Yoruba culture remains the only prominent one outside the shores of this country and it is the only African culture celebrated worldwide till date. It is a pointer to our unique strength of keeping diplomatic relations. We don’t go about creating enemies, rather we establish long-standing diplomatic relations with everybody. This is Oyotunji village in South Carolina. The community was founded by a black America named Walter Eugene King who was born on October 5, 1928 in Detroit, Michigan, USA.
On August 26, 1959, Eugene became the first African born in America to become fully initiated into the Orisa-Vodun African priesthood by African Cubans in Matanzas, Cuba. This marked the beginning of the spread of Yoruba religion and culture among African Americans.
With a few followers, and after dissolution of the Order of Damballah Hwedo, Eugene founded the Sango Temple in New York and incorporated the African Theological Arch Ministry in 1960. The Sango Temple was relocated and renamed the Yoruba Temple the same year.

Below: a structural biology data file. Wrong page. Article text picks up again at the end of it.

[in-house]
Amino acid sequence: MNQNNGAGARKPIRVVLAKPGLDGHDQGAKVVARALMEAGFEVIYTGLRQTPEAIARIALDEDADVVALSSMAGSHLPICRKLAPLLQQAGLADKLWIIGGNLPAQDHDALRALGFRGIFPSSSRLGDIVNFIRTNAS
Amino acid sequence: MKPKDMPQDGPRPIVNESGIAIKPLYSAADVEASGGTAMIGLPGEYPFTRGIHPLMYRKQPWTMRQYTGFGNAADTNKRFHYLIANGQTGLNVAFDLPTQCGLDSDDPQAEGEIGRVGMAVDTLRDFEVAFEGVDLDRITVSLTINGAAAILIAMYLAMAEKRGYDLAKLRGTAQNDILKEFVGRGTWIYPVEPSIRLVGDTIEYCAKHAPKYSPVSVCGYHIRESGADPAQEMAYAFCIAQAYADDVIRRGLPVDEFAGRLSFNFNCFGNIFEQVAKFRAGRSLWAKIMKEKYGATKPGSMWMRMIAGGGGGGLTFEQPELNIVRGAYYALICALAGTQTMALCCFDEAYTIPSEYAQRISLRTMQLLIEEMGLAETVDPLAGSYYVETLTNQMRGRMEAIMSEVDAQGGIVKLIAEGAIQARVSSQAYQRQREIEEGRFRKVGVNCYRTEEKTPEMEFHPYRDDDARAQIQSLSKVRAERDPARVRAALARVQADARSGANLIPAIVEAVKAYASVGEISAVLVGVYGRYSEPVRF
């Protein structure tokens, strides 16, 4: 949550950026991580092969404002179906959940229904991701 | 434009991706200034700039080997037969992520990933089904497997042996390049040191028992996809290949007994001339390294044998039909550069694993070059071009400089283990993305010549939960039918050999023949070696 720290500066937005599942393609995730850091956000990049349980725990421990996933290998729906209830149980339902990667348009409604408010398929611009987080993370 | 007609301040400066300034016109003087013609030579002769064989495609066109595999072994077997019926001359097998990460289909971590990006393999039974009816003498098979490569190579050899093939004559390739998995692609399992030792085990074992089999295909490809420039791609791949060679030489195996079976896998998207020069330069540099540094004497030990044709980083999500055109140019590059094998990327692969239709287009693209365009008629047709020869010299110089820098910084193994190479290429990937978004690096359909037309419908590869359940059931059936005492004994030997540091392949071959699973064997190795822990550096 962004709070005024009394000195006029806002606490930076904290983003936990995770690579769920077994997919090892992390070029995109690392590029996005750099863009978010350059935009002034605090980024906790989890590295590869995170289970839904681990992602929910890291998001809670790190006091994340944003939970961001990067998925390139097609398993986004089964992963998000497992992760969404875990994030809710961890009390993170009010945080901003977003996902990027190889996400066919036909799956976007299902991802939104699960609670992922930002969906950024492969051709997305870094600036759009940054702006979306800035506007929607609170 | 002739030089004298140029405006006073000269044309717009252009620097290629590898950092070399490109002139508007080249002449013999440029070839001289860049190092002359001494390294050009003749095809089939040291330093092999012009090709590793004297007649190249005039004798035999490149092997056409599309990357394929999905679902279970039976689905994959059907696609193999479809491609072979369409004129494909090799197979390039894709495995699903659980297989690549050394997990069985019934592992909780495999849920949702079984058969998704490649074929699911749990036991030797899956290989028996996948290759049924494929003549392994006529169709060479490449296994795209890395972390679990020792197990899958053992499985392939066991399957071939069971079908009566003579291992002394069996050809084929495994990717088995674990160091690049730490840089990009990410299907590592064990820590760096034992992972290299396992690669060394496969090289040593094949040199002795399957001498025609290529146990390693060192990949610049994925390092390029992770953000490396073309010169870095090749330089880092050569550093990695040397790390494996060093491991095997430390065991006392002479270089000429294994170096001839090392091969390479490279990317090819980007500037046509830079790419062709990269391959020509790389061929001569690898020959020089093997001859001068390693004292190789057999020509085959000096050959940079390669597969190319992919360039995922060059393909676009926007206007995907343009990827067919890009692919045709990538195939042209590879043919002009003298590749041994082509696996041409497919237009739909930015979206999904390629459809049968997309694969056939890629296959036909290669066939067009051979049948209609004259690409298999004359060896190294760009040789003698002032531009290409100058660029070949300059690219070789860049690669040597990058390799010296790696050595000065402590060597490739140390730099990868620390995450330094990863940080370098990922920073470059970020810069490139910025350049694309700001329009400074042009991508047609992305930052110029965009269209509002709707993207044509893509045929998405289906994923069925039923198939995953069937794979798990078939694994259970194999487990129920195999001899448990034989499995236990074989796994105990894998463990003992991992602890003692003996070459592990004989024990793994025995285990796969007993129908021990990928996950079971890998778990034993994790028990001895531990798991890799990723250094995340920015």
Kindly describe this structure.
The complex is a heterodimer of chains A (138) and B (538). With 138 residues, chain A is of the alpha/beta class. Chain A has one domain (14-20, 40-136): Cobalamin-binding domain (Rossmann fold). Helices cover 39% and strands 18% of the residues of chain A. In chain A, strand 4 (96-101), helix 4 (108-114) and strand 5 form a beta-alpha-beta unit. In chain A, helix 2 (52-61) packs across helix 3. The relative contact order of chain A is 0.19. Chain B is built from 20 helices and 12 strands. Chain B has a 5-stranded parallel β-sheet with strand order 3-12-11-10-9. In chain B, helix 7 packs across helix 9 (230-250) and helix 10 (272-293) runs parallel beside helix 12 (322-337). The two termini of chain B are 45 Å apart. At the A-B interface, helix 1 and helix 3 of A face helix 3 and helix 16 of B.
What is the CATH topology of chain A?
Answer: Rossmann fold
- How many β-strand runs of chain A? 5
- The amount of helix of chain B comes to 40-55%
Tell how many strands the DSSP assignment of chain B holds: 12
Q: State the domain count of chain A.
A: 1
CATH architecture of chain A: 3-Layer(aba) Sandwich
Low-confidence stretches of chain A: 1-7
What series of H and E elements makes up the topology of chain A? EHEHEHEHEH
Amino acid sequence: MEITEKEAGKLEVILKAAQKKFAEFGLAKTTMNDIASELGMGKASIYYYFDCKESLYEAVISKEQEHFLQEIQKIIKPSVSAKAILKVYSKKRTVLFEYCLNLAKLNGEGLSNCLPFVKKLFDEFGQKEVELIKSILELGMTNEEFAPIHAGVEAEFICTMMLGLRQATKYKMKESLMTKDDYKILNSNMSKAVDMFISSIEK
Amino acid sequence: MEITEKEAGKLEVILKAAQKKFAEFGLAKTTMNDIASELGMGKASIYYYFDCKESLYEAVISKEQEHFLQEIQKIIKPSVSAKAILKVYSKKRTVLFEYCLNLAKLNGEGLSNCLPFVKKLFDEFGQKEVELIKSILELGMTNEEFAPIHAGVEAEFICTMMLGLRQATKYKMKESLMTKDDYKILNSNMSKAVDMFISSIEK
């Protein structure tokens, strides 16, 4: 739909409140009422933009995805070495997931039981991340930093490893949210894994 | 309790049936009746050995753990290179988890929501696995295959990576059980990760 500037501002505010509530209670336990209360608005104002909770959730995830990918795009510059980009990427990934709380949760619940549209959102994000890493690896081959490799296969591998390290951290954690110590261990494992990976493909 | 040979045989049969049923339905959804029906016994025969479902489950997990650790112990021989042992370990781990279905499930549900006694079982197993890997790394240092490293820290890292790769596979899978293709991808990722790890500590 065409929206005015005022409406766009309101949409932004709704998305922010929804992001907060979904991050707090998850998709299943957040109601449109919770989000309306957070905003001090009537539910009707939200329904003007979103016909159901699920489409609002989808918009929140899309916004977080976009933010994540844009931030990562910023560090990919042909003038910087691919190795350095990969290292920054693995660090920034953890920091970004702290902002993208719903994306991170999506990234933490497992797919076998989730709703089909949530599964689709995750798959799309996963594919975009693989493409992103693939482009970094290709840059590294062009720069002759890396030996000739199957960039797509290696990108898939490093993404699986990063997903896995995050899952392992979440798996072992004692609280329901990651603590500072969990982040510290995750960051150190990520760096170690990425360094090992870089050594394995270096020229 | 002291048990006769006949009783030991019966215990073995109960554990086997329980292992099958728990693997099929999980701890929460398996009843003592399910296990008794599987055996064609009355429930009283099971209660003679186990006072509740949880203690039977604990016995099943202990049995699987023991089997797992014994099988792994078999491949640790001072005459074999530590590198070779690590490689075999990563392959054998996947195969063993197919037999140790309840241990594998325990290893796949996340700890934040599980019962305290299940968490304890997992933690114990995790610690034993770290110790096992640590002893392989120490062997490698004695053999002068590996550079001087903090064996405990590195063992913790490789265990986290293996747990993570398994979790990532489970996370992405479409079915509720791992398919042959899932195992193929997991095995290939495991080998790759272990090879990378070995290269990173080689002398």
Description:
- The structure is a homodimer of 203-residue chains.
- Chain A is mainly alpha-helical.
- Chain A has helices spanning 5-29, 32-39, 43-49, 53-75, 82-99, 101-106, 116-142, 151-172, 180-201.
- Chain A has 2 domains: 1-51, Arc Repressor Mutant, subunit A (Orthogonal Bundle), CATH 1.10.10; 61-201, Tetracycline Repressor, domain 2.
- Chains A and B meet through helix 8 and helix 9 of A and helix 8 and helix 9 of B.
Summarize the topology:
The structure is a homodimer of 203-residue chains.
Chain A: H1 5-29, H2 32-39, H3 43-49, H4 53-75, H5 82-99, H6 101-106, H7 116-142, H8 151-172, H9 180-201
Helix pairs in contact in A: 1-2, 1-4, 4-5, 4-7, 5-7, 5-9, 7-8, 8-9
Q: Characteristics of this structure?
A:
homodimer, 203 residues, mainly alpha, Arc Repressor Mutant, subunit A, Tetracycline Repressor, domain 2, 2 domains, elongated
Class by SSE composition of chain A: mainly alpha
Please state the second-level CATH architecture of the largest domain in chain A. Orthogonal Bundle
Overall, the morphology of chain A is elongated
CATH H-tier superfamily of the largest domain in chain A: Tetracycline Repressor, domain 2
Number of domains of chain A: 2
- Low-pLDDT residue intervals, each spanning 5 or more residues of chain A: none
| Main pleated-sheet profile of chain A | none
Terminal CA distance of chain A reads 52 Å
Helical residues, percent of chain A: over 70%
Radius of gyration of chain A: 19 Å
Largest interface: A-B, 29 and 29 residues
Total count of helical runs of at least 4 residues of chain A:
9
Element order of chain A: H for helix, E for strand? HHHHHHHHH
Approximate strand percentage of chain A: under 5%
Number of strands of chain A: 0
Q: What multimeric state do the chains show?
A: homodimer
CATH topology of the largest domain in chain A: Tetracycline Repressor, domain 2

n the fall of 1970, Eugene founded the Yoruba Village of Oyotunji in Beaufort County South Carolina, and began the careful reorganization of the Orisa-Vodu Priesthood along traditional Nigerian lines. He was initiated to the Ifa priesthood by the Oluwa of Ijeun at Abeokuta, Nigeria, in August of 1972.
He was named king of Oyotunji community in 1972 with the designation, His Royal Highness Oba (King) Ofuntola Oseijeman Adelabu Adefunmi I, born Baba Adefunmi. He later died and his son, Adefunmi Adejuyigbe took over as king.